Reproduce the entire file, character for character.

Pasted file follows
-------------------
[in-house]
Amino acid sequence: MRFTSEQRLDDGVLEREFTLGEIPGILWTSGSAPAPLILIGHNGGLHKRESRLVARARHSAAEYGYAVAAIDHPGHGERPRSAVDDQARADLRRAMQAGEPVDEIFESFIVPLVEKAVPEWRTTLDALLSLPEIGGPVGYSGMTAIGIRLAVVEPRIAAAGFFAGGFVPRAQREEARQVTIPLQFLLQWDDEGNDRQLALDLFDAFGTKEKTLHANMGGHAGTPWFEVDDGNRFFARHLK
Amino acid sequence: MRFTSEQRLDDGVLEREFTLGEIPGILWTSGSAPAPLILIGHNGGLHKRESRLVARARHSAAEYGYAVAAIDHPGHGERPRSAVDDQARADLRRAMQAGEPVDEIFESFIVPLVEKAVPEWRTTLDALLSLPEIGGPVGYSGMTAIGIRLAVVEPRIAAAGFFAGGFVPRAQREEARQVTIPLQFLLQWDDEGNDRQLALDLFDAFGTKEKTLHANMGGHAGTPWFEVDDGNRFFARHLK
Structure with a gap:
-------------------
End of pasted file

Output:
[in-house]
Amino acid sequence: MRFTSEQRLDDGVLEREFTLGEIPGILWTSGSAPAPLILIGHNGGLHKRESRLVARARHSAAEYGYAVAAIDHPGHGERPRSAVDDQARADLRRAMQAGEPVDEIFESFIVPLVEKAVPEWRTTLDALLSLPEIGGPVGYSGMTAIGIRLAVVEPRIAAAGFFAGGFVPRAQREEARQVTIPLQFLLQWDDEGNDRQLALDLFDAFGTKEKTLHANMGGHAGTPWFEVDDGNRFFARHLK
Amino acid sequence: MRFTSEQRLDDGVLEREFTLGEIPGILWTSGSAPAPLILIGHNGGLHKRESRLVARARHSAAEYGYAVAAIDHPGHGERPRSAVDDQARADLRRAMQAGEPVDEIFESFIVPLVEKAVPEWRTTLDALLSLPEIGGPVGYSGMTAIGIRLAVVEPRIAAAGFFAGGFVPRAQREEARQVTIPLQFLLQWDDEGNDRQLALDLFDAFGTKEKTLHANMGGHAGTPWFEVDDGNRFFARHLK
Structure with a gap: